Over the last couple of days, folks have been celebrating just how many Picks of the Week I’ve posted over on ENWorld, for which I am grateful. Felt like today would be a good day to pick a classic D&D product, and Sabre River is one of the latest and greatest to get posted up on the digital shelves, featuring the writing and design skills of two of TSR’s best ever – Bruce Nesmith and Douglas Niles.
You are a guest of the count, one of your allies and the strongest man in the region. Your sojourn has been pleasant, a nice change after weeks of battle. Suddenly the courtyard below your window is filled with the noise of galloping horses. More guests?
You yawn as you look out. But these people arriving look more like tax collectors than guests. You decide to give your attention to something more interesting, like dinner.
Relax while you can, friend, because these new arrivals are about to lead you to a crimson sailor, a cozy Tower of Terror, and a river with an aching heart.
Sabre River includes a complete campaign setting, new NPCs, dungeon and wilderness encounters, and a mysterious story.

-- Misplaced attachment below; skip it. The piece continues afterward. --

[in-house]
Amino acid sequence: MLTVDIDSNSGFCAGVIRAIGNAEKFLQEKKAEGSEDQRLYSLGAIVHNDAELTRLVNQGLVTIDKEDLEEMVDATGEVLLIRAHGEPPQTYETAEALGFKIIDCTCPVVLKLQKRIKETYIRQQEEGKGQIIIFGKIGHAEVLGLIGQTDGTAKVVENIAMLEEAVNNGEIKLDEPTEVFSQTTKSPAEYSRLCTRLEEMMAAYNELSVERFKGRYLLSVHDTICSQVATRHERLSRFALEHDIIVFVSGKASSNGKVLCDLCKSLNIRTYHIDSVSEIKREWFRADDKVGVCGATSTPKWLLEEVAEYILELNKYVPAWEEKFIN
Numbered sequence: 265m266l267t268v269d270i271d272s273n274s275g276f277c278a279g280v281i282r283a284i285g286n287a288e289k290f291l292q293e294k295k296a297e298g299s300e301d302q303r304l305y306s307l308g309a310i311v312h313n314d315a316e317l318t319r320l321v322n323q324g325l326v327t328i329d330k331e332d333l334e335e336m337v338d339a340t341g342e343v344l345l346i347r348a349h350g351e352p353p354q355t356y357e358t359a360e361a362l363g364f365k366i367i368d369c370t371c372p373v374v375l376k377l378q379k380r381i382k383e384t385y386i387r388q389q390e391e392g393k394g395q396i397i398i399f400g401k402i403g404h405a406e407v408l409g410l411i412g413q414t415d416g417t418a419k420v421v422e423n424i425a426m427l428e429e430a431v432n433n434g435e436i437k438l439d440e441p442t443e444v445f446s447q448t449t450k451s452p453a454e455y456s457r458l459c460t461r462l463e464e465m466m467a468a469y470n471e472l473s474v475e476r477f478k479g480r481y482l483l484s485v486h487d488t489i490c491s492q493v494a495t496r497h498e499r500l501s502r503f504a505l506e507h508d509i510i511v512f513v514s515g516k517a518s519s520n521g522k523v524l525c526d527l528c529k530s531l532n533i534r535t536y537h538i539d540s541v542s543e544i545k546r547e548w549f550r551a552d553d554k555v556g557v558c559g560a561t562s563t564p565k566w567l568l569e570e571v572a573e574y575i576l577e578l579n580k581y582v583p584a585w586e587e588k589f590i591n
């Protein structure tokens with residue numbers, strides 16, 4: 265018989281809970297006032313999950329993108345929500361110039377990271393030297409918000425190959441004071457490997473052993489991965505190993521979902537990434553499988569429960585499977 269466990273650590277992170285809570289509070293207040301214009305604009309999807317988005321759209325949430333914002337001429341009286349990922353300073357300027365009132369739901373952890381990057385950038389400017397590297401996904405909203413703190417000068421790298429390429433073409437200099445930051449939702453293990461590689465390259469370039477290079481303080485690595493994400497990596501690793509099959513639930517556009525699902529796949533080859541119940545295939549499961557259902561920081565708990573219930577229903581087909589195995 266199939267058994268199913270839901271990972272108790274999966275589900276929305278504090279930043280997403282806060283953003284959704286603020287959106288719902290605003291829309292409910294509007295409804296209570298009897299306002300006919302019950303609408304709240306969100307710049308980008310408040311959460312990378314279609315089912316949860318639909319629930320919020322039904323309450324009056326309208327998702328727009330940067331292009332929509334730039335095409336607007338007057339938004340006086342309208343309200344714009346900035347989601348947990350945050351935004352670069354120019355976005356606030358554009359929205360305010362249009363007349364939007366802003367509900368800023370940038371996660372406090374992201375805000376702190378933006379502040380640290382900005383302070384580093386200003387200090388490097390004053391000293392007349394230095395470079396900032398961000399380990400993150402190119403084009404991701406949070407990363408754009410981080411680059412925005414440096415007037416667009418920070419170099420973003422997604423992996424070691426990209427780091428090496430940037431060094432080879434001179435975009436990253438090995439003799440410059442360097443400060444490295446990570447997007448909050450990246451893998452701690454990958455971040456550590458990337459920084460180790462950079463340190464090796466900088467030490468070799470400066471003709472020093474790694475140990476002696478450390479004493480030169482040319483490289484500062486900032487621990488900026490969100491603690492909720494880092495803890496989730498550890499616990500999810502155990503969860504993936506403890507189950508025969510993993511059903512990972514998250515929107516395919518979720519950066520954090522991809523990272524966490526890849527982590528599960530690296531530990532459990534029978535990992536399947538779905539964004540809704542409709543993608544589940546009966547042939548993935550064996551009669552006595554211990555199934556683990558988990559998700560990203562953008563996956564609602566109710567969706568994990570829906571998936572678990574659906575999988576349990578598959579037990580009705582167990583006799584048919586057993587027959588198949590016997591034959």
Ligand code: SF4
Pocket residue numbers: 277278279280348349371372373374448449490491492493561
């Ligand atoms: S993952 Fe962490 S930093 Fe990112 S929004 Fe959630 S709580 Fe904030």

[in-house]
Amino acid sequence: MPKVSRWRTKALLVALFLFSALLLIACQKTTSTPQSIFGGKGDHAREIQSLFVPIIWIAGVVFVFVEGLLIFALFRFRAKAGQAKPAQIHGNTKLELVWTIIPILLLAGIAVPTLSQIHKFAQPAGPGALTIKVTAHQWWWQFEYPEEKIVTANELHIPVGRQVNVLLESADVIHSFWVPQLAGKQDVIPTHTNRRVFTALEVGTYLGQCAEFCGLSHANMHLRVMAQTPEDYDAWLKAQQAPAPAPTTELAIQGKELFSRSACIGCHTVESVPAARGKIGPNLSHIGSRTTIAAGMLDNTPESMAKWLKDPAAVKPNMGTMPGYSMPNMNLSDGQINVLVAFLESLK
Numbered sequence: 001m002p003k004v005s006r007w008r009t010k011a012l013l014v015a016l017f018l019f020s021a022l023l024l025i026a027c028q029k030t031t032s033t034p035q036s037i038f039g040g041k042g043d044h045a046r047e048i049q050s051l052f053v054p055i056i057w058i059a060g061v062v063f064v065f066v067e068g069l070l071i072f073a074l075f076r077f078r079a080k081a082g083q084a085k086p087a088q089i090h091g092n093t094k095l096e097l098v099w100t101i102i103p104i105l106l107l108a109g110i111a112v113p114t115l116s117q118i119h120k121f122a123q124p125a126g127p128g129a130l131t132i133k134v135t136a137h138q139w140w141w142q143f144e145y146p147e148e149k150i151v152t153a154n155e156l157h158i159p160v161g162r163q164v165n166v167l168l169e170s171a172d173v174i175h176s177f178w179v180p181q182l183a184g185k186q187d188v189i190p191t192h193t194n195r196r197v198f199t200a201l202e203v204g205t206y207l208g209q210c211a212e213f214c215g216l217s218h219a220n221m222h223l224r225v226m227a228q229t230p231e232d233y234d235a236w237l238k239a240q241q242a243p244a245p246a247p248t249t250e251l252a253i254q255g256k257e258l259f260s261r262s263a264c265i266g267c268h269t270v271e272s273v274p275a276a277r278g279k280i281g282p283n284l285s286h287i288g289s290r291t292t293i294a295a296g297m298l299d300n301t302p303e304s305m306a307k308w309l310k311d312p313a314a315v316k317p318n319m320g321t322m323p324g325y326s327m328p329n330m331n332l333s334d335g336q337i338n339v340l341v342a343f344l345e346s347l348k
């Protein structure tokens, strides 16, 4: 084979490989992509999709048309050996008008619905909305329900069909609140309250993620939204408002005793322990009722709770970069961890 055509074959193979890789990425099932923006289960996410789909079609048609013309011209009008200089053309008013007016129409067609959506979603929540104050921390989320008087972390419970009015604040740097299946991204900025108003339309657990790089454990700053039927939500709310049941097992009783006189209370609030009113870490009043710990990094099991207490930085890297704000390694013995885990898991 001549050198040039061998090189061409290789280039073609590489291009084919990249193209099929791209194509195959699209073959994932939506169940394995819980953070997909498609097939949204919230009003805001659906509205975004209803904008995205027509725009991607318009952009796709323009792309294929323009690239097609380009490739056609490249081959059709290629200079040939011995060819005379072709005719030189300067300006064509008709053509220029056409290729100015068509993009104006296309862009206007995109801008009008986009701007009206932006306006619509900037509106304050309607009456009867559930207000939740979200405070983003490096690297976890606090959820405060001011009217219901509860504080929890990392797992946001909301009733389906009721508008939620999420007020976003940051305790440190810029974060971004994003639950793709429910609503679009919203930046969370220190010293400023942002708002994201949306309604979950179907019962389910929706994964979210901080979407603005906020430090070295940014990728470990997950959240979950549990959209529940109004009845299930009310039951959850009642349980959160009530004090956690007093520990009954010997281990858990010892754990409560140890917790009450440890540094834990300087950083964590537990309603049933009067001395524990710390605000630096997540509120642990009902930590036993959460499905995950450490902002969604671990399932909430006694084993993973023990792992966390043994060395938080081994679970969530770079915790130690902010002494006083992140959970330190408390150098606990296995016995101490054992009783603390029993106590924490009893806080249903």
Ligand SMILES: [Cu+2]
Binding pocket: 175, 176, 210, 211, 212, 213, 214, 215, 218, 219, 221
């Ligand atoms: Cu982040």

[Product History excerpts]
Exploring the Known World. “Sabre River” depicts (as you’d expect) the Sabre River, a long river in the lands of Norwold from CM1: “Test of the Warlords” (1984). Unfortunately the setup for the adventure also reveals its biggest problem: the River is assumed to be in the domain of a player, acting as a new domain-level problem for them … so the designers couldn’t explicitly define where the river fit in the lands of Norwold! Most fans have identified it as one of the two major rivers running south of the Alpha Peninsula, from the Wyrmsteeth Range to the Great Bay.
“Sabre River” also reveals additional historical information on Norwold. The adventure’s core problem is ultimately the result of a Alphatian invasion of Norwold that occurred sometime in the past.
NPCs of Note. The Crones of Crystykk, who debuted in CM1: “Test of the Warlords”, make a return visit here. They’re once more mysterious and cryptic.
Monsters of Note. “Sabre River” introduces one new monster, the Sabreclaw. It’s not a major D&D monster, as it’s only reappeared in various monster collections. Nonetheless, the sabreclaw is a notable addition to D&D lore because it’s a hive creatures that shares its hit points among a group — making it an early form of the swarms that became popular with the advent of D&D 3e (2000).